It takes faith to worship


Without faith it is impossible to please God.

“By faith Abel offered to God a more acceptable sacrifice than Cain, through which he was commended as righteous, God commending him by accepting his gifts. And through his faith, though he died, he still speaks.” (Hebrews 11:4 ESV)

I wonder, how often do we think of faith being a requirement for worship? Emphasized are the use of instruments, lights, projector screens, liturgies and other things, but what about faith?

The concept of faith, to be sure, is by no means ignored. When facing a difficult circumstance, we are admonished to “keep the faith.” Prayer, we understand, is solicited from a heart that is full of faith; the apostle Paul speaks of a faith that can move mountains (1 Corinthians 13:2). He also notes, “The righteous shall live by faith” (Romans 1:17 ESV).

In the same letter to the Romans, Paul exhorts, “I appeal to you therefore, brothers, by the mercies of God, to present your bodies as a living sacrifice, holy and acceptable to God, which is your spiritual worship” (12:1 ESV). Paul not only equates sacrifice with worship, but also our lives as a sacrifice. While we are living lives of faith, we are simultaneously presenting ourselves as sacrifices to God.

In much the same way, the sacrifice Abel presented to God was by faith. We are not only told that this offering was accepted, but that he was also commended. Abel’s authentic faith is still speaking to us by the example of pleasing worship he leaves behind.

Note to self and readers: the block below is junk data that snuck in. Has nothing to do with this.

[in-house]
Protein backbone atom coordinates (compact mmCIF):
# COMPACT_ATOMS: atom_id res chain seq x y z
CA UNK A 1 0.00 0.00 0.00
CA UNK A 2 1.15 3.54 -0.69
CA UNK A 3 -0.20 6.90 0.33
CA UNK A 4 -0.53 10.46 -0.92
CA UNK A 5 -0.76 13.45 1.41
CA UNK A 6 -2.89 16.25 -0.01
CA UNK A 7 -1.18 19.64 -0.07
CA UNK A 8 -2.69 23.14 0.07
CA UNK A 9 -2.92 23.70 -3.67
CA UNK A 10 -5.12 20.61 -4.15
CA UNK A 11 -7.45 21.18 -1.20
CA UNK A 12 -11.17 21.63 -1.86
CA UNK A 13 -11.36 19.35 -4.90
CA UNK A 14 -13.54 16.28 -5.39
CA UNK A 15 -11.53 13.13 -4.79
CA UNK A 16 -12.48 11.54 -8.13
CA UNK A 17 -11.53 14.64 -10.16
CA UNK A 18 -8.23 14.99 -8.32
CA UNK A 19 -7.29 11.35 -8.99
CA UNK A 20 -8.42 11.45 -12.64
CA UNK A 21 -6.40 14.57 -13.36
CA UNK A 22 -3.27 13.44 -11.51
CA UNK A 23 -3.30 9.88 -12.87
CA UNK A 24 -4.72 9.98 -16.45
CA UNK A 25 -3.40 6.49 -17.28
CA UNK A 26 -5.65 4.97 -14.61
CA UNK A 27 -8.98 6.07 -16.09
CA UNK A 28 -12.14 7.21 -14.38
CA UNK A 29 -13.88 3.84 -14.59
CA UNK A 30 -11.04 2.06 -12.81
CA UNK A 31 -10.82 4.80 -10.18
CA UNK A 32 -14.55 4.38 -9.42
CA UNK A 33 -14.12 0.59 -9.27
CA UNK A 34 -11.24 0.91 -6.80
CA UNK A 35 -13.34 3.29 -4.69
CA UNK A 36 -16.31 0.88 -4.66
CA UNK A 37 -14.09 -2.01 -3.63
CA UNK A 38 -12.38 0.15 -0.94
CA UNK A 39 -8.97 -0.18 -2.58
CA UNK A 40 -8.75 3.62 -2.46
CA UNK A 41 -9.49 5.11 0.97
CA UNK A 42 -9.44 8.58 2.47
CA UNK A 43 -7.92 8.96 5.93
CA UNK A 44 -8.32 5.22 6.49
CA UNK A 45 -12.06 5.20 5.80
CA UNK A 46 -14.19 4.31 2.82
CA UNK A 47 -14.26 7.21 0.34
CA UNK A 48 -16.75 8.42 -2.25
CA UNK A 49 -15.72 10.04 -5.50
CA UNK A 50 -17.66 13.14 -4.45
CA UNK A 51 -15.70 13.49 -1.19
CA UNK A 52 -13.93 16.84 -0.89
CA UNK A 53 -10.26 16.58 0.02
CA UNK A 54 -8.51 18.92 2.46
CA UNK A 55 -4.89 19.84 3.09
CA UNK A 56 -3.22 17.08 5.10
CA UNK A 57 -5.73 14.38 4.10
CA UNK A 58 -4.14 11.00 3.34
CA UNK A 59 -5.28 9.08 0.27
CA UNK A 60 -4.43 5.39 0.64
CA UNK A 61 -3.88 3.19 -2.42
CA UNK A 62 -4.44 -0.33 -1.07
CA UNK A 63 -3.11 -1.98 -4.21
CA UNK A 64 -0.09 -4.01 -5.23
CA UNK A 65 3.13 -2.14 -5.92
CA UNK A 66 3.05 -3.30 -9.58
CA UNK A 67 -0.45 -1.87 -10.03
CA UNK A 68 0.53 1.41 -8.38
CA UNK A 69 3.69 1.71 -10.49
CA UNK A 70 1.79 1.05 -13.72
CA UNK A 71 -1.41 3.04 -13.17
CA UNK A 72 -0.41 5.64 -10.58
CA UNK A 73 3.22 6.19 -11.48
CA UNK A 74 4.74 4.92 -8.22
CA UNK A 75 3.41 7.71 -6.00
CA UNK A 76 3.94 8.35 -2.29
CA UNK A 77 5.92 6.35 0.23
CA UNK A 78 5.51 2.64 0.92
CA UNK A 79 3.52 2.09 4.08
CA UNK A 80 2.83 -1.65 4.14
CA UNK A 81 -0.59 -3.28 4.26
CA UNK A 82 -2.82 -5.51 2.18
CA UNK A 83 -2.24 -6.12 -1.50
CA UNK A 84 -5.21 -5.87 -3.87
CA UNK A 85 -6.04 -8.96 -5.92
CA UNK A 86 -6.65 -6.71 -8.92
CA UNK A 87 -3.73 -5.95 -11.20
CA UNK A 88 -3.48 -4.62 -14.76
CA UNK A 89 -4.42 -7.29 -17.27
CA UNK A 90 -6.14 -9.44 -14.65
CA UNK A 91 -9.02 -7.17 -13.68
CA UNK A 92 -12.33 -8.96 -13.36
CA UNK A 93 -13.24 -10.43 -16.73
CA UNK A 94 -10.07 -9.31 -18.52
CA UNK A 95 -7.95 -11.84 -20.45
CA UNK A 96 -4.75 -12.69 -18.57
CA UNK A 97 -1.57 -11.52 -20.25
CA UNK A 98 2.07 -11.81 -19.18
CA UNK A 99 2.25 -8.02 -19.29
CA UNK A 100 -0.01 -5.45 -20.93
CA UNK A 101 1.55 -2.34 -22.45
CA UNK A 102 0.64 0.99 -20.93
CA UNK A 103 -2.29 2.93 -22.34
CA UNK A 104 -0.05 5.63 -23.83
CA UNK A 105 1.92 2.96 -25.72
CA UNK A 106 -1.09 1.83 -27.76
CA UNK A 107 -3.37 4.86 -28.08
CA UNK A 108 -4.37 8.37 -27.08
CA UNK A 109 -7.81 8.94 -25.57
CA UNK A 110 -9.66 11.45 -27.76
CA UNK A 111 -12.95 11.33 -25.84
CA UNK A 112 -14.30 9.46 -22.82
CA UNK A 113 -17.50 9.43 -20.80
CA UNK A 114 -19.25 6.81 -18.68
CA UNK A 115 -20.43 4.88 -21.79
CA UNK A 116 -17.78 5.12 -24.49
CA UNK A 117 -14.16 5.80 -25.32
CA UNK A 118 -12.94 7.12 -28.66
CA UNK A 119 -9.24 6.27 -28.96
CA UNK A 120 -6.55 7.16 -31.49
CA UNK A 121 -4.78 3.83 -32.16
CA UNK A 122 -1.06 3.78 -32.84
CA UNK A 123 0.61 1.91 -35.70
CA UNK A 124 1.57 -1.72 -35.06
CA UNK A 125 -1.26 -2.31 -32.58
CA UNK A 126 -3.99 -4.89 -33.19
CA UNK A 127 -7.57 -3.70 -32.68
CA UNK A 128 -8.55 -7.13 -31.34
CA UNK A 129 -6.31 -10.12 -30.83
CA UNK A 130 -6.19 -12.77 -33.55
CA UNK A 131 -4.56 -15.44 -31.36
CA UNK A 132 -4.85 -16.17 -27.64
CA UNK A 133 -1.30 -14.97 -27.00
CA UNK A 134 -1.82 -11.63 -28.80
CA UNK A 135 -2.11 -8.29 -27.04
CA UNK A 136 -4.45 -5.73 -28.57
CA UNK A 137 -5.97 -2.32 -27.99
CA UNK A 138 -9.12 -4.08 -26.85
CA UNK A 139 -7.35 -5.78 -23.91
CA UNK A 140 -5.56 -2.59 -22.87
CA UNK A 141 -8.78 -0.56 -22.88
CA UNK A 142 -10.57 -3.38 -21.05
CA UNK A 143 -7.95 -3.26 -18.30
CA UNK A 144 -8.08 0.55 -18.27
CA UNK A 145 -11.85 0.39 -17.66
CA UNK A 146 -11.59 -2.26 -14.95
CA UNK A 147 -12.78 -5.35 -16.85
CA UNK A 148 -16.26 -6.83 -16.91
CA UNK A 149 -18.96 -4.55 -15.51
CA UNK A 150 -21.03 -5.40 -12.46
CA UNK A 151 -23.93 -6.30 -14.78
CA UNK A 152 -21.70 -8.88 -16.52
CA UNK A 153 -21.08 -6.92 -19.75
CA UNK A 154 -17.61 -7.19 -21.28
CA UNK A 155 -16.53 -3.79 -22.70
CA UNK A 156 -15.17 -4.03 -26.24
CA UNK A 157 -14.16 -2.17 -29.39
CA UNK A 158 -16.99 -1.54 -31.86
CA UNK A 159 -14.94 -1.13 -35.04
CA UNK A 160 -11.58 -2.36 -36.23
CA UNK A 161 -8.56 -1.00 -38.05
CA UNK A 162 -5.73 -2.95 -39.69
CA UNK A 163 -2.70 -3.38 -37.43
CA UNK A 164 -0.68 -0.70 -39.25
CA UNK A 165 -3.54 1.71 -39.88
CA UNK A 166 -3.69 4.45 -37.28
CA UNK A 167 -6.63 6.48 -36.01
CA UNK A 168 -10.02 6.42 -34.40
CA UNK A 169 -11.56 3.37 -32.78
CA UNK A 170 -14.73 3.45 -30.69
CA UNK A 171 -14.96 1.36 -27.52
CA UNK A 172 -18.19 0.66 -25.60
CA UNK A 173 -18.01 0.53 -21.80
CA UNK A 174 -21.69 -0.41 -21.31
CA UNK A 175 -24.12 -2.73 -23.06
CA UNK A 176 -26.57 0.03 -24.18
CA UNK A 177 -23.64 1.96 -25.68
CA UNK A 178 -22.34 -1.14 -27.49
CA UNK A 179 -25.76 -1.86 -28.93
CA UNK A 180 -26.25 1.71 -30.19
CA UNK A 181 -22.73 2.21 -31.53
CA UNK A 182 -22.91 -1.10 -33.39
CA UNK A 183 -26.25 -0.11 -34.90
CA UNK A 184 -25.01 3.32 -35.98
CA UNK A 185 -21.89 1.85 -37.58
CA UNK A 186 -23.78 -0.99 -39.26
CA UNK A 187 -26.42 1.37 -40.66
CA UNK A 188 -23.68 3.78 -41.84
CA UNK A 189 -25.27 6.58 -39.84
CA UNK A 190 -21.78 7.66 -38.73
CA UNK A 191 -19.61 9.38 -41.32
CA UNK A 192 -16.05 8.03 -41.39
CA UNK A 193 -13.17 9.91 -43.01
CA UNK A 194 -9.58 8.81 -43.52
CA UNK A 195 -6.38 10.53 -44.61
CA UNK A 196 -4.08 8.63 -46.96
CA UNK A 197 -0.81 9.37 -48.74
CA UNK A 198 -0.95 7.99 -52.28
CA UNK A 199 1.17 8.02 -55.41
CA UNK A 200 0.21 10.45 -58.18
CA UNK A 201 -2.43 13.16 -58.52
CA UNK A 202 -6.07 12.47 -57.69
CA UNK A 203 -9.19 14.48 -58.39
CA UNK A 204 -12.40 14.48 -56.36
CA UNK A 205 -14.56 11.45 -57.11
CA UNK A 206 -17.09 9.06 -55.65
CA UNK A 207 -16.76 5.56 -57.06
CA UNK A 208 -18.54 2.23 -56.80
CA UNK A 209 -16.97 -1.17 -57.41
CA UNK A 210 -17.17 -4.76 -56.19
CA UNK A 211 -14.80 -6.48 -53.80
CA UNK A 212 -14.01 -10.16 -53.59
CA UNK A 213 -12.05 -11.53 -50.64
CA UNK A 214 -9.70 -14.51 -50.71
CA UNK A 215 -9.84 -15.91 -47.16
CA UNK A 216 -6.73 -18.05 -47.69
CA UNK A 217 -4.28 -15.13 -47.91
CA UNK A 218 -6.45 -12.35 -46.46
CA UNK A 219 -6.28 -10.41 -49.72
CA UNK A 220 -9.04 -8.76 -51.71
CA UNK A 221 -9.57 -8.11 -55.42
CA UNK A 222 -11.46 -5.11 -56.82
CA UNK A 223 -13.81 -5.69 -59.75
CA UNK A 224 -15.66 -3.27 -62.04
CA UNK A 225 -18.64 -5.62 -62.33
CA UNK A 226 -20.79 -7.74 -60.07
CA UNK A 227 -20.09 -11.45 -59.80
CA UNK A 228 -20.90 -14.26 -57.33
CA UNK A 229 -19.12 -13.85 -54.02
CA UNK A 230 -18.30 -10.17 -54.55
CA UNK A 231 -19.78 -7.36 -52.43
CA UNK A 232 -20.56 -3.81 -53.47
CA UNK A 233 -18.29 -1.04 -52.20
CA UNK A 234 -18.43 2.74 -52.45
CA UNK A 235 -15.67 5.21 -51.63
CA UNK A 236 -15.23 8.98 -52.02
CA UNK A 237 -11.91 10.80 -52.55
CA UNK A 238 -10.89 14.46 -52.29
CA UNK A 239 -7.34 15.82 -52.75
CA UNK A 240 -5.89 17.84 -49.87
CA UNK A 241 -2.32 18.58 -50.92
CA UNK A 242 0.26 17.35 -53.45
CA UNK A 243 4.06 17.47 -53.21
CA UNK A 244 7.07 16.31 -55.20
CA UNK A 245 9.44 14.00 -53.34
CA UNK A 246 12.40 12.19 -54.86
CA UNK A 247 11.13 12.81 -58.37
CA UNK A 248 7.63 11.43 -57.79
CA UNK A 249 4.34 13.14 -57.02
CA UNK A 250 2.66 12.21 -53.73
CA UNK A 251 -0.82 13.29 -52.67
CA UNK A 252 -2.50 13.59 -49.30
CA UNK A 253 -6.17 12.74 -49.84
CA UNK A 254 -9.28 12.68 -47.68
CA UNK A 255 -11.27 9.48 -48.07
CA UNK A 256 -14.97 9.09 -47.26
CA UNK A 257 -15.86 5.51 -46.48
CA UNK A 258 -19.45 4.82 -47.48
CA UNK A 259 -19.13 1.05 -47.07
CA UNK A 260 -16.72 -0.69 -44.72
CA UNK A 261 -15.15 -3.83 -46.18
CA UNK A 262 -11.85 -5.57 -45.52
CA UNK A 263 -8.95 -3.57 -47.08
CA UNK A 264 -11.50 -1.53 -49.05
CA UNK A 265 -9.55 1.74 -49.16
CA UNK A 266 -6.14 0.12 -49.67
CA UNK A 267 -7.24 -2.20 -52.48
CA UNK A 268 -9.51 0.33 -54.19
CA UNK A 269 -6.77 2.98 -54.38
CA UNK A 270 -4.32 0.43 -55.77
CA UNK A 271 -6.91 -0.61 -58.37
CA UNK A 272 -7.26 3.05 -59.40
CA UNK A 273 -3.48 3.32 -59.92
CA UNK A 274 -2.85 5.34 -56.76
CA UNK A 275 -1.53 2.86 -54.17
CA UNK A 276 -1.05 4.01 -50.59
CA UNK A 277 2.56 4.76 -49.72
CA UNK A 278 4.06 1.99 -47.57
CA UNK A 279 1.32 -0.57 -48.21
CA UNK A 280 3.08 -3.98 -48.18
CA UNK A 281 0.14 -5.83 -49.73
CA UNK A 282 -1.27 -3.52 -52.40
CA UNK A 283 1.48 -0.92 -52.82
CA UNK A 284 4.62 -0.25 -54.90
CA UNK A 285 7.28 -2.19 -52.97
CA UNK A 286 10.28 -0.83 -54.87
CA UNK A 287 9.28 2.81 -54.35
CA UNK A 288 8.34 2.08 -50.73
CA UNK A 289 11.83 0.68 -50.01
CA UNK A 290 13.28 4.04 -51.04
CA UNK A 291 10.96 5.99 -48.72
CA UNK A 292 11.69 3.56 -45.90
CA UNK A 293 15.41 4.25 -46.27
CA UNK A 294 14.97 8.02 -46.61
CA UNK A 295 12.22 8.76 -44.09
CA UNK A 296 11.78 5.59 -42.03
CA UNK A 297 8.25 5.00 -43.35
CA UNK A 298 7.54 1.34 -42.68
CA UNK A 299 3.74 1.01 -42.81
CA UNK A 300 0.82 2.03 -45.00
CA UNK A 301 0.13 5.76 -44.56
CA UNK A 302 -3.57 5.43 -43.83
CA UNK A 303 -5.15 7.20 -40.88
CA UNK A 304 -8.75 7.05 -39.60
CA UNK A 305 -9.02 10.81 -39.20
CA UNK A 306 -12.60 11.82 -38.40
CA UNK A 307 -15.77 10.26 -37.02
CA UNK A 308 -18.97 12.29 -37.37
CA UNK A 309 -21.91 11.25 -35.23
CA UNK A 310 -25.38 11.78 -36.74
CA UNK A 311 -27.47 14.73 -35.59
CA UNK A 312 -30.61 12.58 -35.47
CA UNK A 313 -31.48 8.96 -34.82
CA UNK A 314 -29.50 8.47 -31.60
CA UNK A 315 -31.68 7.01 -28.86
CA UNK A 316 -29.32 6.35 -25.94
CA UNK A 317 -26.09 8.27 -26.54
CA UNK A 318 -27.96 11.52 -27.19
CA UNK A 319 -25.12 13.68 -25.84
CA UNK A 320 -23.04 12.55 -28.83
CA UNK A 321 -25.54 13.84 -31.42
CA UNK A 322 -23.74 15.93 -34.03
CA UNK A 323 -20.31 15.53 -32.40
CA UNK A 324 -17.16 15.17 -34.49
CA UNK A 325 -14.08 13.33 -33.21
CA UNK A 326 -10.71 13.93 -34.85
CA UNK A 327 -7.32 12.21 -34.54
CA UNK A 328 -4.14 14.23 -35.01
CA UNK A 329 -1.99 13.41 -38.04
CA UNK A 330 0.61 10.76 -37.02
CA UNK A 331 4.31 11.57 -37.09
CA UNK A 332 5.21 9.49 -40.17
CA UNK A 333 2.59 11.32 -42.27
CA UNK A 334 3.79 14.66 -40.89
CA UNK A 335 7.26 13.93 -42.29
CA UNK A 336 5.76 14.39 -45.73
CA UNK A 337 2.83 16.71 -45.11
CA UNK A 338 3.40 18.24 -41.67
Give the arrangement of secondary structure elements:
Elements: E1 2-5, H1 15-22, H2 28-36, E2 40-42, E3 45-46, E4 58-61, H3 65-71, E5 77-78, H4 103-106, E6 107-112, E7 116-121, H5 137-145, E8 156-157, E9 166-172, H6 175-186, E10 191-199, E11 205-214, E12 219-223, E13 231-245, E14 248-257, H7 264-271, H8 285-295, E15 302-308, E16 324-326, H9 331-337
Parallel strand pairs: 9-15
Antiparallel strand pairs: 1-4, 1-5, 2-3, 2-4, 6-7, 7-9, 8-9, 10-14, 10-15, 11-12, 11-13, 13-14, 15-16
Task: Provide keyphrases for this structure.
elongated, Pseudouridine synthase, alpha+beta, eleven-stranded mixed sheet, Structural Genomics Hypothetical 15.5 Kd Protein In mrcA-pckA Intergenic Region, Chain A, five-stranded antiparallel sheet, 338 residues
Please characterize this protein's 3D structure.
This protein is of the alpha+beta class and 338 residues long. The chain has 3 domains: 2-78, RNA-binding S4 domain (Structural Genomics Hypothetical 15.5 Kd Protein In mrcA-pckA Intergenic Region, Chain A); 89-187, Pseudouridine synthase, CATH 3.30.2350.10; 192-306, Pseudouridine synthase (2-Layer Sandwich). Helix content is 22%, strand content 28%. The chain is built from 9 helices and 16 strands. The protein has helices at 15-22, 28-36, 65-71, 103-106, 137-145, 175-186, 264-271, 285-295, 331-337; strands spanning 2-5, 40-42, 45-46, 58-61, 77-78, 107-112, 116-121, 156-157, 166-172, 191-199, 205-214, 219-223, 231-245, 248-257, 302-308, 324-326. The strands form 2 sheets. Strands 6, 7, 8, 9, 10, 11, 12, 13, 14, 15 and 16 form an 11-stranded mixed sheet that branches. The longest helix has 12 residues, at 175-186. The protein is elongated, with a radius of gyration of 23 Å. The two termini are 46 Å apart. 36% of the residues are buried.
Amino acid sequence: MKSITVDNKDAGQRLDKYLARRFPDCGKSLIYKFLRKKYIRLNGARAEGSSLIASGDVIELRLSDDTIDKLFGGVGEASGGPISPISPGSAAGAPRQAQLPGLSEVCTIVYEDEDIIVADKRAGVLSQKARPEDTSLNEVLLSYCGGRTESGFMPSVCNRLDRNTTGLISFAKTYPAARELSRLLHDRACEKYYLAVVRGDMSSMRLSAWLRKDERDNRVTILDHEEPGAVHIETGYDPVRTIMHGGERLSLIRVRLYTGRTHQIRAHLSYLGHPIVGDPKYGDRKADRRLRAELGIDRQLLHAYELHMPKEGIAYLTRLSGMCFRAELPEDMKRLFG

Yes, worshipping God does require faith. The foremost reason I would solicit is that one has to believe God exists in order to worship him. Hebrews 11:6 offers this commentary: “And without faith it is impossible to please God, because anyone who comes to him must believe that he exists and that he rewards those who earnestly seek him” (NIV).

The faith that is required to offer pleasing worship to the Lord is somewhat narrow. It is not an arbitrary belief in one God, but in how he has revealed himself in the Holy Scriptures. First John 5:9-12 states:

If we receive the testimony of men, the testimony of God is greater, for this is the testimony of God that he has borne concerning his Son. Whoever believes in the Son of God has the testimony in himself. Whoever does not believe God has made him a liar, because he has not believed in the testimony that God has borne concerning his Son. And this is the testimony, that God gave us eternal life, and this life is in his Son. Whoever has the Son has life; whoever does not have the Son of God does not have life. (ESV)

Jesus rightly says of himself, “I am the way, and the truth, and the life. No one comes to the Father except through me” (John 14:6 ESV). Hebrews 10:19-20 adds, ” . . . we have confidence to enter the Most Holy Place by the blood of Jesus, by a new and living way opened for us through the curtain, that is, his body” (NIV). 

Our ability to worship is based on the testimony and work of Christ. We receive the grace to worship God acceptably by the Holy Spirit (John 4:24, Philippians 3:3).

While I am making somewhat of an appeal to orthodoxy, believing the right thing is not sufficient in itself, and cannot be called worship. In the case of Abel, the faith that he exercised, prompting his offering, was what was commended.

Our belief in the one true God should produce heartfelt worship; not just songs or extravagant offerings, but lives promoting the glory of God. In times when we do sing, though, let it not be said, “These people honor me with their lips, but their hearts are far from me” (Matthew 15:8 NIV). Let us, rather, aspire to attain the testimony of Abel, who was “commended as righteous, when God spoke well of his offerings” (Heb. 11:4 ESV).



~ by christianballenger on November 30, 2015.

One Response to “It takes faith to worship”

  1. I’m a new brand new blogger. Glad I found another Christian blogger.

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